INTERVIEW: Teeth Of The Sea
, February 28th, 2014 12:32
We talk to the band's Jimmy Martin about their upcoming musical interpretation of Nineteen Eighty-Four
For the upcoming CineGlobe festival, Teeth Of The Sea are set to perform a live audiovisual interpretation of George Orwell's Nineteen Eighty-Four at CERN in Geneva on March 20 (head here for further details and tickets). It follows their album Master last year, one of the Quietus' top records of the year, as well as a number of live soundtrack projects the band have taken up previously, scoring Doomsday, 2001: A Space Odyssey and, most recently, A Field In England, at the 2013 Cork Film Festival, with the latter set for release for Record Store Day. The band are again collaborating with their visual partner Benjamin Barfoot for the CineGlobe set, which will mark 30 years since the book's eponymous date. We asked guitarist Jimmy Martin to fill us in on the project:
What made you choose to score a book this time around? What made you choose to soundtrack Nineteen Eighty-Four?
Jimmy Martin: Nineteen Eighty-Four's cultural cachet is so enormous that I'm not sure if we felt we were scoring the book per se. Although it sounds a bit arrogant, we always knew what we did would be informed by other versions and adaptations of the book in a sense, but in terms of steering clear of them we wanted to go back to the central themes of the book and re-invent them anew. There's a universal impact to Nineteen Eighty-Four, and I think we felt like we wanted to get that across in the most brutal, unflinching way possible. Obviously the nature of the proposal was very exciting to us too, not least because of the venue, and it was nice to have another challenge thrown at us so soon after the A Field In England – Re-imagined soundtrack project. It's our nature as a band to bite off more than we can chew!
And how do you begin the composition process for a project like this? Were you inspired by either of the film adaptations of 1984 whilst composing?
JM: We've definitely been inspired by the 1984 version of Nineteen Eighty-Four in particular. I think that's a great adaptation for a whole load of different reasons, John Hurt and Richard Burton are incredible in it in particular, and the art design and austere aesthetic just convey the book beautifully to me, against considerable odds. It's quite an intuitive process really. Although we've sketched out a basic structure in advance and talked it through, a lot of what actually transpires is just based around improvising then editing those sessions together and jettisoning the bits that don't work. There's definitely a hive mind kind of effort to sum up a particular atmosphere and impact though. It's been exciting watching this thing evolve and take shape, almost of its own free will.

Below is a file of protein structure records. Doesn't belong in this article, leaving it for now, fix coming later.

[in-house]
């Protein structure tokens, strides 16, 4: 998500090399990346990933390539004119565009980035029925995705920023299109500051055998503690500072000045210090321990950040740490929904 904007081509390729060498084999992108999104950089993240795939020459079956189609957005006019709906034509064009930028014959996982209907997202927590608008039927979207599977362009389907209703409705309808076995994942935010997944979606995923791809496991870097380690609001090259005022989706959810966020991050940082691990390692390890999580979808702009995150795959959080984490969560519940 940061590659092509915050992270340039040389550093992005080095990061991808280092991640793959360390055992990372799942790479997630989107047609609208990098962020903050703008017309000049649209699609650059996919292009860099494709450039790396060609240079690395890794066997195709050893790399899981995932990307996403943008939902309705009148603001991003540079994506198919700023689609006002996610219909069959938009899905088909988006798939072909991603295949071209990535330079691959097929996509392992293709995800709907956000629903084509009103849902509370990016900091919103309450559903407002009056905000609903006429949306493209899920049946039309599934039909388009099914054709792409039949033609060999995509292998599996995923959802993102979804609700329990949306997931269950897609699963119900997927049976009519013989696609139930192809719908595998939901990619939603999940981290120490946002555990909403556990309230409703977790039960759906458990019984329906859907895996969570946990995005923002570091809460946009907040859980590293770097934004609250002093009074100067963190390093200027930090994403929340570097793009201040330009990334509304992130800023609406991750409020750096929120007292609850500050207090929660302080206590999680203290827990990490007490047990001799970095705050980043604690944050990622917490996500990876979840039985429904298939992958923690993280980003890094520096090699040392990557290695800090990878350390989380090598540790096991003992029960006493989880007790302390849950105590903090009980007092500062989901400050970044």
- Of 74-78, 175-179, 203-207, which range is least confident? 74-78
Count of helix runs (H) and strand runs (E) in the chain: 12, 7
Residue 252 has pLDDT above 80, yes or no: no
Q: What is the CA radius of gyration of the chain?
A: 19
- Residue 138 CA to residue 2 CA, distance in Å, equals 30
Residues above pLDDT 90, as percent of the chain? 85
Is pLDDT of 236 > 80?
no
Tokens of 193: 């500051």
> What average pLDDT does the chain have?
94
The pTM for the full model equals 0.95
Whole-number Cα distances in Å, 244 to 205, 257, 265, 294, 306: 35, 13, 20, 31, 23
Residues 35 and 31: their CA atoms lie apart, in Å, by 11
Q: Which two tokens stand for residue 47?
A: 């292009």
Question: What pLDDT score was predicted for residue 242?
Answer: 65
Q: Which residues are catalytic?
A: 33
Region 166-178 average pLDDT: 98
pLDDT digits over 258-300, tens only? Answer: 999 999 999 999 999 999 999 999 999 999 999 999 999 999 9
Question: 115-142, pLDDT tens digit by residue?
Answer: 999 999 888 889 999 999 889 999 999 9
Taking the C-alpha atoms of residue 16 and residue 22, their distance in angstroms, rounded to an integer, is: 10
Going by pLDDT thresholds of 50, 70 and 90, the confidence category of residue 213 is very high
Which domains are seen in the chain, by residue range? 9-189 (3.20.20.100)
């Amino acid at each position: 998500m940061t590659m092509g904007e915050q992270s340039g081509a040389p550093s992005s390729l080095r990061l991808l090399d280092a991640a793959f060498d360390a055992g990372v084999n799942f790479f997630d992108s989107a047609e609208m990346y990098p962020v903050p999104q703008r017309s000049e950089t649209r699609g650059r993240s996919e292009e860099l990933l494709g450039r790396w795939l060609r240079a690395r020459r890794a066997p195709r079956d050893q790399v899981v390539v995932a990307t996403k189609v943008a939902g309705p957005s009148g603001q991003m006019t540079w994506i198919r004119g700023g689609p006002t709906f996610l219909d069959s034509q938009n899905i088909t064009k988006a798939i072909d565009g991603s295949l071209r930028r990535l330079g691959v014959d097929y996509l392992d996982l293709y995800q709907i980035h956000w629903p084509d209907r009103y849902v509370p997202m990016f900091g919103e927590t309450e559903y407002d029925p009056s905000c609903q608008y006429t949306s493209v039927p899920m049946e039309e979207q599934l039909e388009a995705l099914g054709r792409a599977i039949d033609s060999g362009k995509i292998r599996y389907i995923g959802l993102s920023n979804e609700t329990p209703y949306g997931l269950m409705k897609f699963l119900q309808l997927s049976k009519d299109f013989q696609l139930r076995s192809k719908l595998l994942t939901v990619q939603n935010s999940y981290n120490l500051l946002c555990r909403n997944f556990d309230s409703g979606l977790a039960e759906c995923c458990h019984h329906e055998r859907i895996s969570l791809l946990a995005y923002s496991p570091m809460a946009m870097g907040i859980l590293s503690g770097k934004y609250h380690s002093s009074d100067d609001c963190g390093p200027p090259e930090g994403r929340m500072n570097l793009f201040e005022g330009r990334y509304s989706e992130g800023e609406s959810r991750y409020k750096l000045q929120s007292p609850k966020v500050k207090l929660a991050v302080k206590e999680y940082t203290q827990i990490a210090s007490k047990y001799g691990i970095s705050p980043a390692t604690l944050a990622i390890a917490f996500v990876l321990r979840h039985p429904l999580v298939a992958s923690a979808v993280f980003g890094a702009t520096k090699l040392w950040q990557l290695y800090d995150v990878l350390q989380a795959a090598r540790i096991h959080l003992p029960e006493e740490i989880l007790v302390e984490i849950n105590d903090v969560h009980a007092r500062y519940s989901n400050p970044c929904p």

How did the idea of soundtracking films first come to mind? Was there one particular artist or event that inspired it?
JM: We've always loved soundtracks. I've been a fan of them personally since I was only a kid first getting into music (although I think the very first one I liked, for better or for worse, was Mark Knopfler's one for Local Hero). More recently though, artists like Ennio Morricone, Goblin, Tangerine Dream and Angelo Badalamenti have had an enormous impact on Teeth Of The Sea's music. We've got a definite aesthetic in terms of what films we enjoy as a band (not always good films, I might add) so it was a natural step for us to jump at the chance to do projects like this. The first soundtrack project we worked on was the Reaper piece for Branchage Festival in Jersey in 2011 which was based around Neil Marshall's Doomsday. That was such an incredible amount of work and such a high-maintenance conceit in the first place, plus a blast to pull off, that it was something of a baptism of fire for us, and set a precedent for what's followed.
Will you be attempting to incorporate the setting at CERN into your performance at all?
JM: I think we all feel like it's a perfect venue, but to be honest I've only really seen photos thus far, so lord knows, frankly! If we're dwarfed by it, I'm sure that would tie in with the book's theme of the subjugation of humanity in some spurious fashion.
Finally, you've been busy of late with Master, the Field In England soundtrack and now The Last Man - what else have you got planned for the year?
JM: As I mentioned, we're always looking for more trouble to get into. The Field In England – Re-imagined soundtrack's coming out on a limited vinyl run for Record Store Day, which I'm really excited about as it's a beautiful package. Rook Films and Jim Williams were very helpful with arranging it, and Johnny O from Rocket excelled himself with the sleeve design. We're doing a load of festivals, all of which we're looking forward to, and I'm sure we'll be writing new material and generally trying to strike our usual precarious balance between laughable pretentiousness and Neanderthal rocking-out.